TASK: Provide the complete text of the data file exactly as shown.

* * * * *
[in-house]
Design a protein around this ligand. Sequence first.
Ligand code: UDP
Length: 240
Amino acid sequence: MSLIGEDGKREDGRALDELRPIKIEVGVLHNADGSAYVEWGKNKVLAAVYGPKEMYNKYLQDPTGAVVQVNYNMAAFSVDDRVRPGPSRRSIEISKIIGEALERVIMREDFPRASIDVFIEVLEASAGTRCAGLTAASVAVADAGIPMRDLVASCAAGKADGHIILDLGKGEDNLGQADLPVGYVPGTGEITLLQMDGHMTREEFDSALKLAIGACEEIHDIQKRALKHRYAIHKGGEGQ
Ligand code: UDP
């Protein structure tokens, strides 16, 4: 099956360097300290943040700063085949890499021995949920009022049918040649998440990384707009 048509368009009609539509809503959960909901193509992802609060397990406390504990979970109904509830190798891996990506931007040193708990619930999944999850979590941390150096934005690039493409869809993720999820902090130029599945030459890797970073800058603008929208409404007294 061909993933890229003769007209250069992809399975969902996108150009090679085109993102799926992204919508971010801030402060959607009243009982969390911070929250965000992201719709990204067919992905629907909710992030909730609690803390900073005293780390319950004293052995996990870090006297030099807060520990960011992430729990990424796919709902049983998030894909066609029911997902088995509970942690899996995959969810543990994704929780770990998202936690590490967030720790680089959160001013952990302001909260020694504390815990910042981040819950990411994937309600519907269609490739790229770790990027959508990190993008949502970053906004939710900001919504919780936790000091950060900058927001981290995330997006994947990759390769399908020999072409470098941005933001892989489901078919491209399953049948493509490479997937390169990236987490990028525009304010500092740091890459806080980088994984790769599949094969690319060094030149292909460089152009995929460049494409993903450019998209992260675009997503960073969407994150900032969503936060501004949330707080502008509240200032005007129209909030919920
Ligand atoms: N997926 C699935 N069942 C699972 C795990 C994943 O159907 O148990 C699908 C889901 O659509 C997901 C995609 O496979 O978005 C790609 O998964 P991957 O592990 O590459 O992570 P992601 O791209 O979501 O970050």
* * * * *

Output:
[in-house]
Design a protein around this ligand. Sequence first.
Ligand code: UDP
Length: 240
Amino acid sequence: MSLIGEDGKREDGRALDELRPIKIEVGVLHNADGSAYVEWGKNKVLAAVYGPKEMYNKYLQDPTGAVVQVNYNMAAFSVDDRVRPGPSRRSIEISKIIGEALERVIMREDFPRASIDVFIEVLEASAGTRCAGLTAASVAVADAGIPMRDLVASCAAGKADGHIILDLGKGEDNLGQADLPVGYVPGTGEITLLQMDGHMTREEFDSALKLAIGACEEIHDIQKRALKHRYAIHKGGEGQ
Ligand code: UDP
């Protein structure tokens, strides 16, 4: 099956360097300290943040700063085949890499021995949920009022049918040649998440990384707009 048509368009009609539509809503959960909901193509992802609060397990406390504990979970109904509830190798891996990506931007040193708990619930999944999850979590941390150096934005690039493409869809993720999820902090130029599945030459890797970073800058603008929208409404007294 061909993933890229003769007209250069992809399975969902996108150009090679085109993102799926992204919508971010801030402060959607009243009982969390911070929250965000992201719709990204067919992905629907909710992030909730609690803390900073005293780390319950004293052995996990870090006297030099807060520990960011992430729990990424796919709902049983998030894909066609029911997902088995509970942690899996995959969810543990994704929780770990998202936690590490967030720790680089959160001013952990302001909260020694504390815990910042981040819950990411994937309600519907269609490739790229770790990027959508990190993008949502970053906004939710900001919504919780936790000091950060900058927001981290995330997006994947990759390769399908020999072409470098941005933001892989489901078919491209399953049948493509490479997937390169990236987490990028525009304010500092740091890459806080980088994984790769599949094969690319060094030149292909460089152009995929460049494409993903450019998209992260675009997503960073969407994150900032969503936060501004949330707080502008509240200032005007129209909030919920
Ligand atoms: N997926 C699935 N069942 C699972 C795990 C994943 O159907 O148990 C699908 C889901 O659509 C997901 C995609 O496979 O978005 C790609 O998964 P991957 O592990 O590459 O992570 P992601 O791209 O979501 O970050």